Mark Walport, Director, Wellcom Trust: “The film is a highly informative account of the many challenges, from scientific to political, faced in the development of a vaccine for the HIV virus. It was extremely well received at the recent meeting of the HIV Vaccine Enterprise Funders’ Forum.”
Michael Cover, Senior Vice President, Ogilvy: “[Ending AIDS] is one of the most effective vehicles yet created in our quest to create a more educated public who will one day be called upon to volunteer for large-scale preventive HIV vaccine trials…Ending AIDS helps to distill the science in a way that engages the public and helps them understand the truly monumental effort that is underway around the globe. It also helps to dispel the myths and misconceptions widely held by those to whom scientists will one day turn for help.”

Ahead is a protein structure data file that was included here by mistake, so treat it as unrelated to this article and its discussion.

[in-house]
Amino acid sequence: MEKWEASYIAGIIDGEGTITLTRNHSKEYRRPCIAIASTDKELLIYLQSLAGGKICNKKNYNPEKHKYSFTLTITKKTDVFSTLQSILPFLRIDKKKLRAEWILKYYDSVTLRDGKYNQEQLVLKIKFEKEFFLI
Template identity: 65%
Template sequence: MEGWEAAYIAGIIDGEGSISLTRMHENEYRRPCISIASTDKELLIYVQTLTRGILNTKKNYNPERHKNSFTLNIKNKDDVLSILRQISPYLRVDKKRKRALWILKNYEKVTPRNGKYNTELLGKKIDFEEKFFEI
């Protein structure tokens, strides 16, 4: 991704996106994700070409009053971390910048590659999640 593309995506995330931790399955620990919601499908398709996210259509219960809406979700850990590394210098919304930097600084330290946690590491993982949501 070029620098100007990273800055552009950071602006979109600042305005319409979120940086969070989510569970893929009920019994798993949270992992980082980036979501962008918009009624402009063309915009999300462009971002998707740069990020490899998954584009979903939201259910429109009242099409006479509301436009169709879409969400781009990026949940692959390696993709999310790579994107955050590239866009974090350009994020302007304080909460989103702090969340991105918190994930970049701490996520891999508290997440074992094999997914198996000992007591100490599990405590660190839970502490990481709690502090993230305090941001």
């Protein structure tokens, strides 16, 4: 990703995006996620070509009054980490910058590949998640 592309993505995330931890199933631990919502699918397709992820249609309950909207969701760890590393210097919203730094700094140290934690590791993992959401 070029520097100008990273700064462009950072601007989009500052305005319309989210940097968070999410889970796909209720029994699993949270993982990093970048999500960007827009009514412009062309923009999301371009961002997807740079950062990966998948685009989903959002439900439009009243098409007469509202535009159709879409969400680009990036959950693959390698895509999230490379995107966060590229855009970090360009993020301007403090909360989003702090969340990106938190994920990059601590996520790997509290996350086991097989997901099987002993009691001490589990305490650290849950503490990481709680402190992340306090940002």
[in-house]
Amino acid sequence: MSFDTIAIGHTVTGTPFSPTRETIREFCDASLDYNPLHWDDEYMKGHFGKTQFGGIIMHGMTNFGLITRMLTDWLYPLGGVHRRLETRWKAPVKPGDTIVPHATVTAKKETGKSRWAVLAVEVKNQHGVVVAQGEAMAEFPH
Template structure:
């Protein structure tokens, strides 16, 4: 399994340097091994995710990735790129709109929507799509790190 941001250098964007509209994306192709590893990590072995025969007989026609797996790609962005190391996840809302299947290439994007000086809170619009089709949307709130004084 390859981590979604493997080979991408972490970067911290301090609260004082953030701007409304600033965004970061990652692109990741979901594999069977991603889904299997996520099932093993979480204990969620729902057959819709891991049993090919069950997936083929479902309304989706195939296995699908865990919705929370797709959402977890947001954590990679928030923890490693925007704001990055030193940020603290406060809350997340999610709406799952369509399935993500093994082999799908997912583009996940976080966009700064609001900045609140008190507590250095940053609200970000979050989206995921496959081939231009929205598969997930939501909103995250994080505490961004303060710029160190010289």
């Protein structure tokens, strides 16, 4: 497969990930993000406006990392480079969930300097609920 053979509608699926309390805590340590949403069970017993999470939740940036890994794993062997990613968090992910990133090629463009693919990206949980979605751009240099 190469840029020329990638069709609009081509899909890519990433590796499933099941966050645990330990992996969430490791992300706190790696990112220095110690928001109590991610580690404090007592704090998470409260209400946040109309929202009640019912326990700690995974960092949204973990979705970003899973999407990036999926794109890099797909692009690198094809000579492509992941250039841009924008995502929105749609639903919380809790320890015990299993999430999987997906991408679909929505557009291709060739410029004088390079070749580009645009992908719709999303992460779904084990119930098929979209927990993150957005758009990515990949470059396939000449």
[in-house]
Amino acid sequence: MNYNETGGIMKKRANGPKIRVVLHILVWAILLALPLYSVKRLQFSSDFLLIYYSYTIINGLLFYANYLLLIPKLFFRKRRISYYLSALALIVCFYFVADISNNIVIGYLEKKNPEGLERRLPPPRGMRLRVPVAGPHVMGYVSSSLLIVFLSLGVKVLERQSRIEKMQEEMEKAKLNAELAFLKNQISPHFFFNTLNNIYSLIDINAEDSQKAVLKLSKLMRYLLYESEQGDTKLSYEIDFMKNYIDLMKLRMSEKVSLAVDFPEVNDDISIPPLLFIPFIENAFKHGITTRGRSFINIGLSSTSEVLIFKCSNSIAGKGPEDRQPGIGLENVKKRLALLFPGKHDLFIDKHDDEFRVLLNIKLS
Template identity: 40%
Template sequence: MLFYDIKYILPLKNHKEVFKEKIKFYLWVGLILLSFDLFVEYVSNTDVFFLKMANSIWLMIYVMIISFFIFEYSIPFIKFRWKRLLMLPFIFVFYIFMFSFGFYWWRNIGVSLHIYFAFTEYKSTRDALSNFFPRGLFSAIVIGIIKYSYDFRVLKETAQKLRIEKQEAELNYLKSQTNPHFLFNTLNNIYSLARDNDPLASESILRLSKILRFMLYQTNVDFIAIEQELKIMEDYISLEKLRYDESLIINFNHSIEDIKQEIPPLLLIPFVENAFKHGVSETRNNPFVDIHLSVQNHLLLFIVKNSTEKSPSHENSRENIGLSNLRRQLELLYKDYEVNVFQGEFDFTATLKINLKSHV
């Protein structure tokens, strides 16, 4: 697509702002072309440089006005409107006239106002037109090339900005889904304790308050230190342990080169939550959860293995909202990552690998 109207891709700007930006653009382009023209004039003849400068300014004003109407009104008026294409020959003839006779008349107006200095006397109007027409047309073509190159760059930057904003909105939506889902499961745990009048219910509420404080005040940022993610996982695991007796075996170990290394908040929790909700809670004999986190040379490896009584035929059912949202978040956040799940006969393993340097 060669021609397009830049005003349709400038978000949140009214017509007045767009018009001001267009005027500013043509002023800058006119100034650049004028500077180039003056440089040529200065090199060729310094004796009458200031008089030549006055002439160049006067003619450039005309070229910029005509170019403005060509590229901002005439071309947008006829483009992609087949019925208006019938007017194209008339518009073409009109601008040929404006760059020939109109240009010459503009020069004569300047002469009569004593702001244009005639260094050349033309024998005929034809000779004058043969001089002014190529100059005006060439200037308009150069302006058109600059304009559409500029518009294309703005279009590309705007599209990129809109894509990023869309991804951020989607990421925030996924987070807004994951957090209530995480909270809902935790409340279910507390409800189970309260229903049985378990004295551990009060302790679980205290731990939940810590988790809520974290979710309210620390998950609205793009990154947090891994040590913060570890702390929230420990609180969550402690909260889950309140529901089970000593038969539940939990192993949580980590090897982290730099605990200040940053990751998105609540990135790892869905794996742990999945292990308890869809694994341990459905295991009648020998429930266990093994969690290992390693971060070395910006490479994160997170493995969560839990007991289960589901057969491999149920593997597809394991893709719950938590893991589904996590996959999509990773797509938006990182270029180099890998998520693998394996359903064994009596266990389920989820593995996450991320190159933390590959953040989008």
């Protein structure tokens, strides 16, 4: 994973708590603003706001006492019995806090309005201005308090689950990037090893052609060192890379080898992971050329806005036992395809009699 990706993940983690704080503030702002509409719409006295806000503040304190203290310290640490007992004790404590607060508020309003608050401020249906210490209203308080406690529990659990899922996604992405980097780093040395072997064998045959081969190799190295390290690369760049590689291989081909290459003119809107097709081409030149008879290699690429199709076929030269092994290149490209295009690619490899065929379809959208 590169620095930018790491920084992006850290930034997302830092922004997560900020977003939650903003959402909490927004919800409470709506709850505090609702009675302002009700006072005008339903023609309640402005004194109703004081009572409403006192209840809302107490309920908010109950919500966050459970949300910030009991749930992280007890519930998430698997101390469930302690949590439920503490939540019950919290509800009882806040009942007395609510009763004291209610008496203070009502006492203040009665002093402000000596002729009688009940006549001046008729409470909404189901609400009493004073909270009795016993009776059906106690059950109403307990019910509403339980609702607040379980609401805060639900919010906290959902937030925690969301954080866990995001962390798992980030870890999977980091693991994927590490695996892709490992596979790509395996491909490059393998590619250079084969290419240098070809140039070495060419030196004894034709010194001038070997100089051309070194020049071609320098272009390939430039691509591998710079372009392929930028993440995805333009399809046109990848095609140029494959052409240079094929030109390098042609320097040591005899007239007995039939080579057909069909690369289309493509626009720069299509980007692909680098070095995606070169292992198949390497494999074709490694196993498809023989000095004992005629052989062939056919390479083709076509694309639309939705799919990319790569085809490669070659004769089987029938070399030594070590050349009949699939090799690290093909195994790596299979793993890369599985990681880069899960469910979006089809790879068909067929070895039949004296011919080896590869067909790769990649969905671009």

Joanna Katzman, Health Communications Specialist: “Ending AIDS has achieved what no other tool has been able to do for me in my work—educate the public about our best hope to end the AIDS pandemic in a clear, comprehensive, understandable, and yet entertaining and attention-grabbing way…What is most remarkable is hearing from those outside the field who viewed Ending AIDS, such as my mother, who for the first time understood the importance of an AIDS vaccine and what I work towards every day. In order to find a safe and effective AIDS vaccine, we will need more than the right vaccine candidate; we will need tens of thousands of clinical trial volunteers. Ending AIDS has helped to educate the public and lay the groundwork for successful recruitment efforts.”